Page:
31 October 2013

My Eleventh Hour Connected Educator Blog Post

For the entire month of October, I have had the privilege of publishing a daily blog post at my place of employment.  Each day I posted a profile of a Kentucky educator who's connected; these profiles were sent to me throughout the month and covered educators from a range of roles and regions.  It was a sheer pleasure to read what my colleagues in the state had to say about how they are connected.  In addition to reading and posting all the Kentucky educator profiles, I spent time following educators across the country and world who also wrote connected educator posts.  I even found humor in those who proclaimed connected educator month silly, nonsensical or annoying.

I also spent each day thinking about how I should write my own post about being a connected educator, and each day I put it off to focus on other things in life, including my current personal project and my commitment to practice a more balanced sense of living.

Now as we approach midnight and the end of the month, I decided it would be worth recording a few of my own personal thoughts about ways I'm connected and how it impacts my practice.

I am connected via multiple social media platforms as well as through other networks, some of which meet face-to-face.  I connect because I like to learn and with all the different people in my professional learning network (PLN) I have people from across the world from which to learn via Twitter, Facebook, Blogger, Google +, Linkedin, the NCTE Connected Community, R-Group Space and various Listservs.   I am learning from educators and non-educators alike; I'm learning from other learners who are equally curious about the world in which we live.

Since I moved an untold number of times as a child, teenager, and young adult, I have always enjoyed connecting with others and maintaining some level of contact with those left behind after a move.  For me, technology has made maintaining these connections more feasible.  I have a friend who teaches in France and another who teaches in China, and these connections help me maintain a global perspective--clearly essential in our increasingly connected world.  In addition to these friends, I have met new colleagues who teach in my very state but whom I never met prior to with connecting via Twitter.  I've met new colleagues from other states and even a few new colleagues who teach in other countries.  Though technology might not be the only way to connect, for me technology has impacted my practice by allowing me to connect with a wider and more diverse group of people who all bring different perspectives to an online conversation.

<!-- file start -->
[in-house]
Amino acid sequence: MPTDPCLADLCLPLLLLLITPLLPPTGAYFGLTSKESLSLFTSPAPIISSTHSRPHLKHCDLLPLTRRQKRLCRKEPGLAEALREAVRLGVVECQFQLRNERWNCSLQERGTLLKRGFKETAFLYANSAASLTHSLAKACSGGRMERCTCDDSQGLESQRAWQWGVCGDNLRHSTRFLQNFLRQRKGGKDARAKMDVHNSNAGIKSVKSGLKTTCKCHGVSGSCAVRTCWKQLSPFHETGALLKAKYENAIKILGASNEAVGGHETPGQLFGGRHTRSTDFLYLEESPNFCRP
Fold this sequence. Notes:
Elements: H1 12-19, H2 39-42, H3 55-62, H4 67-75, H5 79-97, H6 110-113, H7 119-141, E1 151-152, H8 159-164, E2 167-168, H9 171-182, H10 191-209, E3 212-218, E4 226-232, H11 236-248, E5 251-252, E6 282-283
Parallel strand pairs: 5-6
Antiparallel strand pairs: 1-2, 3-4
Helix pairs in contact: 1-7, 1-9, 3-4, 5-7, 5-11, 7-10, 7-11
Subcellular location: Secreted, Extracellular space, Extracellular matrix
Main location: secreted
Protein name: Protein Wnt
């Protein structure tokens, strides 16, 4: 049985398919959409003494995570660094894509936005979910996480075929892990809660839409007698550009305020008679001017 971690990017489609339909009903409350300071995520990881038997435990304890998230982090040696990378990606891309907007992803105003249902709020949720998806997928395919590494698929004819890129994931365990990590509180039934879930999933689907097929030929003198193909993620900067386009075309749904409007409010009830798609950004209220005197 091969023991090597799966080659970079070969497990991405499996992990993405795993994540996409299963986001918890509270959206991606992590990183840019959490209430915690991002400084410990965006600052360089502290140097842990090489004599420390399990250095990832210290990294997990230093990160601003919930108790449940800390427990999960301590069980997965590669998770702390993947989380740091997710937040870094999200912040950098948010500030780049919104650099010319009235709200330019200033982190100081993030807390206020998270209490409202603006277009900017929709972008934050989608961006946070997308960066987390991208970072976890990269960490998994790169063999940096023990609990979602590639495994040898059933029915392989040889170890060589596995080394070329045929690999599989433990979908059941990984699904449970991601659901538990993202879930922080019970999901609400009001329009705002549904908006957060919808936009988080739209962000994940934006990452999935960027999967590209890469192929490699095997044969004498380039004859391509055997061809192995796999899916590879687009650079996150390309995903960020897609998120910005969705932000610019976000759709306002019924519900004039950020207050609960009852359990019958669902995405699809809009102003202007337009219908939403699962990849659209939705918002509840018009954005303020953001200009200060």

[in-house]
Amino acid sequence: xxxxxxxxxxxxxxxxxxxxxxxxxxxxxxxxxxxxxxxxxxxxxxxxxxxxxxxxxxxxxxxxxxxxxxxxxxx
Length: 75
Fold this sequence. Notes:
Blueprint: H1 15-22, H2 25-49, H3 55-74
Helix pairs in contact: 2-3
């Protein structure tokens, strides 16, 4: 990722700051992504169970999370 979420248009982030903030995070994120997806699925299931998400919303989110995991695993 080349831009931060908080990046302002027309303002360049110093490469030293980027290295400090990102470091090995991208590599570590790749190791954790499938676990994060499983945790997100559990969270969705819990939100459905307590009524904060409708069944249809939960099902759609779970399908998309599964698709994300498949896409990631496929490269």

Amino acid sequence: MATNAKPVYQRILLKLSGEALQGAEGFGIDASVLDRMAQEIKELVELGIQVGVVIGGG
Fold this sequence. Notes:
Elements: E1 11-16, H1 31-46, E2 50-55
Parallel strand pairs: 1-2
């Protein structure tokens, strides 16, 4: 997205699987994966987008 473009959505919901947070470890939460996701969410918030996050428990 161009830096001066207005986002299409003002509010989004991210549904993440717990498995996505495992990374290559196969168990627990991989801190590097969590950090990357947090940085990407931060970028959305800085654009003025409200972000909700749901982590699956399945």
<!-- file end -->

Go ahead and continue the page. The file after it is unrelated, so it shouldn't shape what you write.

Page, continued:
One of the grumpy connected educator posts I read this month made a distinction between being a teacher and being an educator. This person said those of us who call ourselves educators are really just tyring to sound more important.  Well, for me, that's not the case (meaning, I'm not trying to sound important).  I call myself an educator because I no longer teach on a day-to-day basis in a high school classroom.  In many ways I'm still a teacher though and will never stop being a teacher. 

This semester I taught a pre-service class at the local university and was so happy to be back in a classroom on a regular basis.  Together, my students and I worked on literacy and being connected and prepared to teach adolescents in a digital world.  A favorite connection for us all this term was when the students commented on the blog of Troy Hicks and he commented back to them. They were thrilled because of his willingness to engage in conversation and to continue the learning across state lines.  

In addition to learning with my students, I continued learning by participating in weekly edchats on Twitter, by reading and commenting on various blog posts and by attending face-to-face trainings and summits.  A highlight of connected educator month, actually, was when I had the opportunity to meet face-to-face several of my fellow Kentucky colleagues who participate in the weekly #KyEdChat sessions.  Connectedness via technology is great, but it's even sweeter when a face-to-face connection occurs as well.